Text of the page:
Colombian President Alvaro Uribe has told the BBC the world must play a bigger role in helping his country combat illegal drugs and rebel groups. "There are many countries helping us and there are many countries that do not help us yet," the president said.
Mr Uribe was speaking two days after 29 Colombian soldiers were killed in an attack by left-wing Farc guerrillas. He has been using harsher rhetoric against Farc since the attack, the largest of its kind in his presidency. Mr Uribe told the BBC's Newshour programme Farc are the world's biggest source of illegal drugs and his country needs international help to fight them.
"We need international co-operation, international understanding because these terrorists... are the largest providers of illicit drugs in the world," he said. Tuesday's attack targeted soldiers protecting workers as they cleared land near a national park of the coca crop used as a base for manufacturing the drug cocaine. Mr Uribe said the attack had not deterred efforts to eradicate the coca plant from the region. "I want to underline our determination to go to the jungle again... to destroy the illicit plantations that Farc has put within this national park," he said. Mr Uribe told the BBC Colombians have a right to live in a country free of guerrillas, paramilitary groups, narcotics and corruption.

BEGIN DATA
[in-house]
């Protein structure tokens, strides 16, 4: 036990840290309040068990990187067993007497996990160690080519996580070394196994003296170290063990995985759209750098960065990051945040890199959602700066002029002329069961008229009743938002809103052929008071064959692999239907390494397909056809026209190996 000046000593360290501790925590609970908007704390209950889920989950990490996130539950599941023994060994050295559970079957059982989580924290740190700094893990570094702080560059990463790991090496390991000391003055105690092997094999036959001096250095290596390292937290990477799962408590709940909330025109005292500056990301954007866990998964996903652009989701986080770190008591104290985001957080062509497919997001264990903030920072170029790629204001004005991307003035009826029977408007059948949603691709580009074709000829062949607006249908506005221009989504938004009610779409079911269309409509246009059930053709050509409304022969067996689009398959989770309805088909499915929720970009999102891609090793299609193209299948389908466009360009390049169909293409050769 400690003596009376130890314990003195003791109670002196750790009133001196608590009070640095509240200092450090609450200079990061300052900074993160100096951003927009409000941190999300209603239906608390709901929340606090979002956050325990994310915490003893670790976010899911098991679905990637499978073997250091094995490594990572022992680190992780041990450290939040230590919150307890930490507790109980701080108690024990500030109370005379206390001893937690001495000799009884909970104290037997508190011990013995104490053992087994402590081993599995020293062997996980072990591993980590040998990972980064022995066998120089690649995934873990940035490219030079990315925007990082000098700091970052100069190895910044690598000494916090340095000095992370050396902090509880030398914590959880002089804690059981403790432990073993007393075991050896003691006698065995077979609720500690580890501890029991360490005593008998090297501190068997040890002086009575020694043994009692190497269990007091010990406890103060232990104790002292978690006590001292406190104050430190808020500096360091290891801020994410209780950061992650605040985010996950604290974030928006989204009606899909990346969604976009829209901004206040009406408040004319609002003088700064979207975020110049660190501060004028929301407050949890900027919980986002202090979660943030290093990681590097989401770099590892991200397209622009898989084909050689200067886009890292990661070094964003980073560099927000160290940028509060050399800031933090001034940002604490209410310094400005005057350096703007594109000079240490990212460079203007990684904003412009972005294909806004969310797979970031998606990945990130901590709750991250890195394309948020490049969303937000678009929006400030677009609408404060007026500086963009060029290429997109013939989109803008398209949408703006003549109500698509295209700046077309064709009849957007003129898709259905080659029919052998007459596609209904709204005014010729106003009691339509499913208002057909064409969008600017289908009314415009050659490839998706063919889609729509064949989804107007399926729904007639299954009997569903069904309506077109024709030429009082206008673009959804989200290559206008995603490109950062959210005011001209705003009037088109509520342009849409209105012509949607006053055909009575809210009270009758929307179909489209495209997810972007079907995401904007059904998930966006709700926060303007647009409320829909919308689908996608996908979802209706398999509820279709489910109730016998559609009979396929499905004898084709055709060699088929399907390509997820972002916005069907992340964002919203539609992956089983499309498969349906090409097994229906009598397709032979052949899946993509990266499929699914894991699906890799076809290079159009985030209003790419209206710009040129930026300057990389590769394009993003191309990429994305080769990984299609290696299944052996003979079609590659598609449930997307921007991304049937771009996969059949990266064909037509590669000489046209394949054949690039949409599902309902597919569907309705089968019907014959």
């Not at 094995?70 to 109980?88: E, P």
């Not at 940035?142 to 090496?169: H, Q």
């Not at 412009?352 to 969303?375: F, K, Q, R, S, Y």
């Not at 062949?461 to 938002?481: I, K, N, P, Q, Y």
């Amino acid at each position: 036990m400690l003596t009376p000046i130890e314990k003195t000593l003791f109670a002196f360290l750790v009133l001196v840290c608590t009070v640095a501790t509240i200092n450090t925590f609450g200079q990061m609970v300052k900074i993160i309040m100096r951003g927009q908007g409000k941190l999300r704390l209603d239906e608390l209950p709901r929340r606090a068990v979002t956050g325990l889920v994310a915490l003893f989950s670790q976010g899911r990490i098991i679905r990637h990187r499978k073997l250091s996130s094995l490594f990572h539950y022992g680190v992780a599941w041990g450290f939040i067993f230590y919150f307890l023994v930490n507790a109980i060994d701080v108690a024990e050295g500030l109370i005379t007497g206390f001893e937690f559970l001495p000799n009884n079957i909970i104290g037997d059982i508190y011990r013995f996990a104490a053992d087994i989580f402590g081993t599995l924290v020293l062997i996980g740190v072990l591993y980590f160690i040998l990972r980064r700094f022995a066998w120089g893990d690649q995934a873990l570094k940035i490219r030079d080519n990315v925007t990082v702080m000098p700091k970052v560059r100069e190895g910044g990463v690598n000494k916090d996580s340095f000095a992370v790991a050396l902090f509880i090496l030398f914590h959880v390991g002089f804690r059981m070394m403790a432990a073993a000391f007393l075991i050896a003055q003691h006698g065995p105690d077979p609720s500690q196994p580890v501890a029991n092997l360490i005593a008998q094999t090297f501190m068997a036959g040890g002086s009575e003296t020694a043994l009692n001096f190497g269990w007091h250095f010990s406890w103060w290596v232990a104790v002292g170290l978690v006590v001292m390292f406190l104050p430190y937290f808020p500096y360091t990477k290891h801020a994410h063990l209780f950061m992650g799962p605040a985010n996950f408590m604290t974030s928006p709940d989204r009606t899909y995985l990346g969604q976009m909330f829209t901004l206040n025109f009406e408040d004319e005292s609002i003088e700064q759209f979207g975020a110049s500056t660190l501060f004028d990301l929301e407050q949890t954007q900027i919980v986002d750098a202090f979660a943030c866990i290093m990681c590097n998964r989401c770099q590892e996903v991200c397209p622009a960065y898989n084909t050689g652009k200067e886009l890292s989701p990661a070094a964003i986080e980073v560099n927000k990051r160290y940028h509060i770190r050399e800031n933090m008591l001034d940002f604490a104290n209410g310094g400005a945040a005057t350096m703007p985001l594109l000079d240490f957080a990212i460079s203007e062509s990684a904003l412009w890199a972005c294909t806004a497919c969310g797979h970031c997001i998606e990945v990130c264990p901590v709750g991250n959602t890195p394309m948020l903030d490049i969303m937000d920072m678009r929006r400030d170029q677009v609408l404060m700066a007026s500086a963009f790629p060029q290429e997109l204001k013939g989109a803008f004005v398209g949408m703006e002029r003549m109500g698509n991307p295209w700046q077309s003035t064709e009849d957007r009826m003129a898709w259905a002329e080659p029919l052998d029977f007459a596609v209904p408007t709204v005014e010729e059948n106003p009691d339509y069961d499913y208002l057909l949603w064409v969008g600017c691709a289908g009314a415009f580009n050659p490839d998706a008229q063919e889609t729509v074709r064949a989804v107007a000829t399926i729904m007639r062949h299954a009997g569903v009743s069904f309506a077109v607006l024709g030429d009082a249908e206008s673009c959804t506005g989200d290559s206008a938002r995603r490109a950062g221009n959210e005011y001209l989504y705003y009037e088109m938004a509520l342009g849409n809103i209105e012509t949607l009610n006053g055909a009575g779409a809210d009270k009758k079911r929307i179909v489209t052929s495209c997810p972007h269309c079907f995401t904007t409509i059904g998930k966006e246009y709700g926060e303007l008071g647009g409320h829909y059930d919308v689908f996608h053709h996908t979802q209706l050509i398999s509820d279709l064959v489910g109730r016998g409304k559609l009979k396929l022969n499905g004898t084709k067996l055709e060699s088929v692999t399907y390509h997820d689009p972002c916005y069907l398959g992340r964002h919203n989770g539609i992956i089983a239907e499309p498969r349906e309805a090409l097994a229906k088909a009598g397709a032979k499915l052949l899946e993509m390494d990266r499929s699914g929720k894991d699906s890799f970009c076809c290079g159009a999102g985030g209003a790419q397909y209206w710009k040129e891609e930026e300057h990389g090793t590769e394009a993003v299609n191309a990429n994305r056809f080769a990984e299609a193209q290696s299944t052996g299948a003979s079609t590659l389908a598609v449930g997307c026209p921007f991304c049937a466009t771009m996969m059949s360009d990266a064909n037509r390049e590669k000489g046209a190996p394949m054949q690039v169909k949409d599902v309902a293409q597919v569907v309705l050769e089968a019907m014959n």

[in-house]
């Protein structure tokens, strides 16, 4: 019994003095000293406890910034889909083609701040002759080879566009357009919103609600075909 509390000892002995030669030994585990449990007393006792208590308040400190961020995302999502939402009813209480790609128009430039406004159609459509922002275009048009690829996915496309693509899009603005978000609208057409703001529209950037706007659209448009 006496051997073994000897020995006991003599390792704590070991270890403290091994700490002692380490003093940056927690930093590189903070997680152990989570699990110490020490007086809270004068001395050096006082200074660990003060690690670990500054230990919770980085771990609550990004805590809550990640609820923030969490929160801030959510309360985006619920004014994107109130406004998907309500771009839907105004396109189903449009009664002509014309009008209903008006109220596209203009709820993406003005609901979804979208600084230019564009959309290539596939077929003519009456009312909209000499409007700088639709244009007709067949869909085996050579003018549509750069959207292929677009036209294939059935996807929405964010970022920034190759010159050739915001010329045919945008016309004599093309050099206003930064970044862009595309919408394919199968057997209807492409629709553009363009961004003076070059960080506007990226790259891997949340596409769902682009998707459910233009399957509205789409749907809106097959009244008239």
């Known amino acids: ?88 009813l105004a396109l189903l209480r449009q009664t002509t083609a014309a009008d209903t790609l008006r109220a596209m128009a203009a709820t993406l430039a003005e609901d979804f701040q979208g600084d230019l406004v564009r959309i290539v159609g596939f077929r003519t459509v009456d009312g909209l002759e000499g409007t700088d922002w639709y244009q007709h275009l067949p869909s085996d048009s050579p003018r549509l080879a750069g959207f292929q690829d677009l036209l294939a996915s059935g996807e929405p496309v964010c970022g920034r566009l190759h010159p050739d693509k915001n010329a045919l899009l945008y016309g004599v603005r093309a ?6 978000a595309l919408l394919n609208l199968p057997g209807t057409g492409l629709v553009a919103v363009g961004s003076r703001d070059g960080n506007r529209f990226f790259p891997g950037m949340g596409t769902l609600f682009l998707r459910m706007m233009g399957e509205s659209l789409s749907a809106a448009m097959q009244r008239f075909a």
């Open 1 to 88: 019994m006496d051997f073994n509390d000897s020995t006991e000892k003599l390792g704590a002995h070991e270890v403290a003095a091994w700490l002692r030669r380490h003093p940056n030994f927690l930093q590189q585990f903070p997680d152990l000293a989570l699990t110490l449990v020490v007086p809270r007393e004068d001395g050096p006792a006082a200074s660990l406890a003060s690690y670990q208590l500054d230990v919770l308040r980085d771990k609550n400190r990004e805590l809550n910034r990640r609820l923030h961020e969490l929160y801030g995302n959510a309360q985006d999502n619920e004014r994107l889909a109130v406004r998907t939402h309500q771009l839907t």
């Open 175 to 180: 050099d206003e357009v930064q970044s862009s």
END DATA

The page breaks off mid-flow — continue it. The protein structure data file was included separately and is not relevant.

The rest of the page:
The ambush seems to have derailed international efforts to initiate talks between the government and the rebels on the exchange of prisoners, correspondents say, reports BBC news. I.L.
U.S. Justice Department is acting behind the scenes to have Assange extradicted from the Ecuadorean Embassy in London, and prosecuted in the U.S.